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Bulgaria Will Modernize Its Army. “Fighters, infantry fighting vehicles”

Bulgarian government adopted a new programme, the aim of which would be to expand the capabilities of the Army. The goal is to, inter alia, raise the defence expenditure and to intensify the modernization processes related to the armed forces.

According to the assumptions of the aforementioned document, adopted and approved by the Bulgarian Council of Ministers, level of the GDP contribution of the defence expenditure is going to be maintained, and its value is going to be equal to the one present during the year 2014 (ca. 1.3% of the GDP). The situation is going to be virtually the same, until 2018. However, until 2024, the above-mentioned level is going to be gradually increased, should “beneficial conditions” occur. In practical terms, this may mean that the level of national defence spending is going to be increased. Sofia, according to the relevant data shared by NATO, planned to decrease the Bulgarian defence budget in 2015.

The programme, the aim of which is to expand the defensive capabilities of the country, is going to initiate a wider scope of technological modernization of the Bulgarian Army. Among the priorities, the Bulgarian officials listed procurement of the new generation multi-role jets, in order to replace the post-soviet MiG-29, MiG-21 and Su-25 combat aircraft. Secondly, acquisition of infantry fighting vehicles for the modular, battalion-sized combat groups is also being planned. Additionally, what is more, Sofia is willing to acquire automated air-force command systems and 3D radars. Finally, when it comes to the Navy, the Bulgarians are going to modernize the E-71 class frigates, and acquire some modular patrol vessels.

The programme assumes that the capital expenditures contribution to the Bulgarian defence budget is going to be increased. At the moment that contribution constitutes only 6% of the total value. It is assumed that the capital expenditure contribution level is going to reach the value of 20%. Quantitatively, the Army is going to maintain the current number of troops, ranging between 37,000 and 40,000.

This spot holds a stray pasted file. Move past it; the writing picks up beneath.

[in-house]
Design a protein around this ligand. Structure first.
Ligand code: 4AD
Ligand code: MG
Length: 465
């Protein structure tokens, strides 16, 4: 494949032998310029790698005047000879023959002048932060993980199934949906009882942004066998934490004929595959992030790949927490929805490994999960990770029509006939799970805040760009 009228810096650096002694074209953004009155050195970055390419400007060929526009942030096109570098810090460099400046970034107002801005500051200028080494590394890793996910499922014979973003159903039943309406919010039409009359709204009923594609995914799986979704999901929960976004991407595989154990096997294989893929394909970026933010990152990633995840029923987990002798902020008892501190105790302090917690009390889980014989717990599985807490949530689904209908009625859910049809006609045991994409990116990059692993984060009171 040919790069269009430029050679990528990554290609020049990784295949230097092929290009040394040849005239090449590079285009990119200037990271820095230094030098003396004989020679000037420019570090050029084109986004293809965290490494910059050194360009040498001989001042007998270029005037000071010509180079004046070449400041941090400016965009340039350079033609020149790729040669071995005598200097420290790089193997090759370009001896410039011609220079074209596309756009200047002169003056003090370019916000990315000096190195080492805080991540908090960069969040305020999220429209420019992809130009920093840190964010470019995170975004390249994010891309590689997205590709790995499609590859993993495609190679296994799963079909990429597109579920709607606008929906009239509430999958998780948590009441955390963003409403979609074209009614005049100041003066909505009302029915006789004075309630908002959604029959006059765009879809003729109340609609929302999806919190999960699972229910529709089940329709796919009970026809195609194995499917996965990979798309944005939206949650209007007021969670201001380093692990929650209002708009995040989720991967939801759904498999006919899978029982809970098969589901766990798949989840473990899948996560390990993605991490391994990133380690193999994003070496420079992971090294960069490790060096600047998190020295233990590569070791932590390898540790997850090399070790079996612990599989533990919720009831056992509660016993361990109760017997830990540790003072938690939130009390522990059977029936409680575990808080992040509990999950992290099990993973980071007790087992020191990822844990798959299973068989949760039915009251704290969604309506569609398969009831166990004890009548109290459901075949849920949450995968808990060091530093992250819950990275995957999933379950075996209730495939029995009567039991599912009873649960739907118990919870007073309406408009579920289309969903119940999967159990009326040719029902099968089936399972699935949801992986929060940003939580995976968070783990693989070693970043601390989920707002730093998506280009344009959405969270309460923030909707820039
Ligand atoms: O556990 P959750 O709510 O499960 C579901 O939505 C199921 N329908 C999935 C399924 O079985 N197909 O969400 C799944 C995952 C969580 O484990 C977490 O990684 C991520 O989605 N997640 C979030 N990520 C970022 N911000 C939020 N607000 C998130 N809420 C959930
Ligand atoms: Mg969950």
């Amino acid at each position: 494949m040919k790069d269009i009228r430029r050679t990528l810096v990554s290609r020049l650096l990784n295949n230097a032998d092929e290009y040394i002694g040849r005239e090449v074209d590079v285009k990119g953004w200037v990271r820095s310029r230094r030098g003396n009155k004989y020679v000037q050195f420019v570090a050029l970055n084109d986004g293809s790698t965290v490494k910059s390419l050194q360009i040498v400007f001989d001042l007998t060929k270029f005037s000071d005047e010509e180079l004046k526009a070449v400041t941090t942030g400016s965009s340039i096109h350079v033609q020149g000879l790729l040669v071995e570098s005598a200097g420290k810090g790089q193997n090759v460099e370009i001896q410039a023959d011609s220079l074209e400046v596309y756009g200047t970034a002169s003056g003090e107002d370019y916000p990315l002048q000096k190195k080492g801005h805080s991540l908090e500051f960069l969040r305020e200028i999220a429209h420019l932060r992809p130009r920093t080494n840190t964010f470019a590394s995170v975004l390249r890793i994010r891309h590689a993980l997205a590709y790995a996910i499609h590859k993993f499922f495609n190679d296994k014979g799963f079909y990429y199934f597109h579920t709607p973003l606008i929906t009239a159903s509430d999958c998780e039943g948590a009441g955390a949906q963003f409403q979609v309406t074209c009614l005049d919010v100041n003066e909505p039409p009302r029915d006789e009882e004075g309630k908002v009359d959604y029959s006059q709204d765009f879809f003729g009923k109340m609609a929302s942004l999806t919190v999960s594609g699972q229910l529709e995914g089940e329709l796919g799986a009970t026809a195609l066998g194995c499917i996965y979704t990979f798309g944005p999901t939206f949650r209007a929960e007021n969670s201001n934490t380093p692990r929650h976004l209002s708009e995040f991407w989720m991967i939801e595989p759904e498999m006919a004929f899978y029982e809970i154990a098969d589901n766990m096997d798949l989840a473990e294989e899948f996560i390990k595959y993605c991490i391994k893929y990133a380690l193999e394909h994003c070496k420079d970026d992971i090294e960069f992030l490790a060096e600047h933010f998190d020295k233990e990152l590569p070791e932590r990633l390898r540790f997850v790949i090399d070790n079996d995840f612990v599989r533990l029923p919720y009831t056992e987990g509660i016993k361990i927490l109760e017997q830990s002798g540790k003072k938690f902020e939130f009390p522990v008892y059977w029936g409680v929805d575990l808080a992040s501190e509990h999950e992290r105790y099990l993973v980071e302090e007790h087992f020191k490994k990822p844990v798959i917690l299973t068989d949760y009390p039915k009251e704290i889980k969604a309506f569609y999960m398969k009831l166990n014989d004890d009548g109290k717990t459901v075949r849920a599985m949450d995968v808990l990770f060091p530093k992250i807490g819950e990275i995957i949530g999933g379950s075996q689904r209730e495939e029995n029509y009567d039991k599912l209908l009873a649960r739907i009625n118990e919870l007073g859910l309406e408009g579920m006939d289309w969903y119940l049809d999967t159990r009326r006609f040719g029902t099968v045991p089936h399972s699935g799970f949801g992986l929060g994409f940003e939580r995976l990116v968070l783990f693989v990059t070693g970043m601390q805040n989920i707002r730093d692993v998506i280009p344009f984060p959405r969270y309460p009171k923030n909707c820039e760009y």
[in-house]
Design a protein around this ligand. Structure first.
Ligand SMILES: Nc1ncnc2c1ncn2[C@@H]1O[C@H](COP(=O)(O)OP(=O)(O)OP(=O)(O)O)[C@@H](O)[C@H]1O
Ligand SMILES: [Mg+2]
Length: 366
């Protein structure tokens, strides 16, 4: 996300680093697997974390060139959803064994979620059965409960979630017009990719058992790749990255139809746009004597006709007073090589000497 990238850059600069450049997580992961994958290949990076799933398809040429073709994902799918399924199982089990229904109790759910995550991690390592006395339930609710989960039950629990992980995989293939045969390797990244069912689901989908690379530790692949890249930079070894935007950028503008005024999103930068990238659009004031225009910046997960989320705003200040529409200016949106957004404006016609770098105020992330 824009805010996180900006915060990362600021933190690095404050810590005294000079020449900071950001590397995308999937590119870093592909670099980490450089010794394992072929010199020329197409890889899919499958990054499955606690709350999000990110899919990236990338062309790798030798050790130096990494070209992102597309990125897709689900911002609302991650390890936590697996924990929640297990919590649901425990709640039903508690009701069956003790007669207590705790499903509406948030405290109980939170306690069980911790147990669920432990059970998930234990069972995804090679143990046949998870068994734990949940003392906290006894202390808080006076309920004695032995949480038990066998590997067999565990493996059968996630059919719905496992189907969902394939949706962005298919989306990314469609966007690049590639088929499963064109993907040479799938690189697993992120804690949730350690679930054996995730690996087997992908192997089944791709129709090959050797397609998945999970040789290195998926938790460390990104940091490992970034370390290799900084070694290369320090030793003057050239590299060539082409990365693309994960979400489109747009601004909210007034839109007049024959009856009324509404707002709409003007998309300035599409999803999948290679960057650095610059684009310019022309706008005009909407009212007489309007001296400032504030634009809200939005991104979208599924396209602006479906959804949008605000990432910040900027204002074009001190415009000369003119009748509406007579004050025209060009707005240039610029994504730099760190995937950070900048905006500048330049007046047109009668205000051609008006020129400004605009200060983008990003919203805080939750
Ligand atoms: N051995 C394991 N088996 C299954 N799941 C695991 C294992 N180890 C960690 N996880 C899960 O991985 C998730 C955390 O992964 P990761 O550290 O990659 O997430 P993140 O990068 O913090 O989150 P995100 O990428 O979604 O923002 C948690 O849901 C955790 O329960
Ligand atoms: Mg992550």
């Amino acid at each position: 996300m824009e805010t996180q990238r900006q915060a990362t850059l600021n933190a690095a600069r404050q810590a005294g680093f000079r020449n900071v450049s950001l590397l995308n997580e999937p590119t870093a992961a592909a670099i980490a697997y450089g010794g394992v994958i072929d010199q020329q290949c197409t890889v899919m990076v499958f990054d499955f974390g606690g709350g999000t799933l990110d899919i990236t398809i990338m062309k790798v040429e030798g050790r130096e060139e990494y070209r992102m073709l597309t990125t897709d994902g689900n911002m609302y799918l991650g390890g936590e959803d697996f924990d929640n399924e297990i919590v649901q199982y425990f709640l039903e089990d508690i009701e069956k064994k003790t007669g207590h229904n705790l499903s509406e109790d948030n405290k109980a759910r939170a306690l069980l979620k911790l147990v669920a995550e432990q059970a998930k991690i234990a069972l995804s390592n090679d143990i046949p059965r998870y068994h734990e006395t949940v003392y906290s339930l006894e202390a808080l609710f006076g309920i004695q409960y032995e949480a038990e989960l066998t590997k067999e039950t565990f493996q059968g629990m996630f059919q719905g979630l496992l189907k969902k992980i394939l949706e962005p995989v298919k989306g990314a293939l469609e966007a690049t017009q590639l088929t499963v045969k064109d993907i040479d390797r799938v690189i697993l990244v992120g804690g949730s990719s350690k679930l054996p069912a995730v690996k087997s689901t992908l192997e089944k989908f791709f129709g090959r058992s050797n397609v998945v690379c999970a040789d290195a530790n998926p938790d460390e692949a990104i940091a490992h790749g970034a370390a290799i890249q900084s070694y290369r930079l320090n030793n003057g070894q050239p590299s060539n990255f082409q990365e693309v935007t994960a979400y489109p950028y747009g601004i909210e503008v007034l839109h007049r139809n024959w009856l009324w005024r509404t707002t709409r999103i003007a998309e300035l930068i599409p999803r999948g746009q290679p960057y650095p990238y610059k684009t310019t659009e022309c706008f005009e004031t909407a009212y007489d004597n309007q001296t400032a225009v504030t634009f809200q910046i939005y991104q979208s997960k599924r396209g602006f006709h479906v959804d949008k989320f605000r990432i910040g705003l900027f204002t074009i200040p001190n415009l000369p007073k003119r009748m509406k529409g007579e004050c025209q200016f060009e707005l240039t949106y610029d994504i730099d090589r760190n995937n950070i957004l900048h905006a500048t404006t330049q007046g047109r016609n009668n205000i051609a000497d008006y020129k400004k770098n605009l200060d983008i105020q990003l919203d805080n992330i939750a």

Endorsement of the programme, the aim of which would be to expand the defence capabilities, may contribute to breaking the deadlock situation, when it comes to modernization of the Bulgarian Armed Forces. Currently, most of the used armament is coming from the Soviet supplies, whereas e.g. the E-71 frigates are coming from the Belgian military surplus. On the other hand, the scale of increase of the defence expenditure is going to be probably significantly lower than in case of the Baltic States, and, at the same time, realizing the NATO objective, namely reaching the level of defence expenditure of 2% of GDP is, at least in the nearest future, not very plausible.

Realization of the modernization plans pertaining the Bulgarian Army is going to be, to a large extent, dependent on the economic situation of the country. Even after the modernization is realized, still, the capabilities possessed by Sofia, are going to be limited. Undertaking efforts, the aim of which is to expand the scope of capabilities of the Army is – in any case – a minor step towards increasing the Bulgaria’s contribution in the NATO collective security system, and this would have a significant impact on regional security.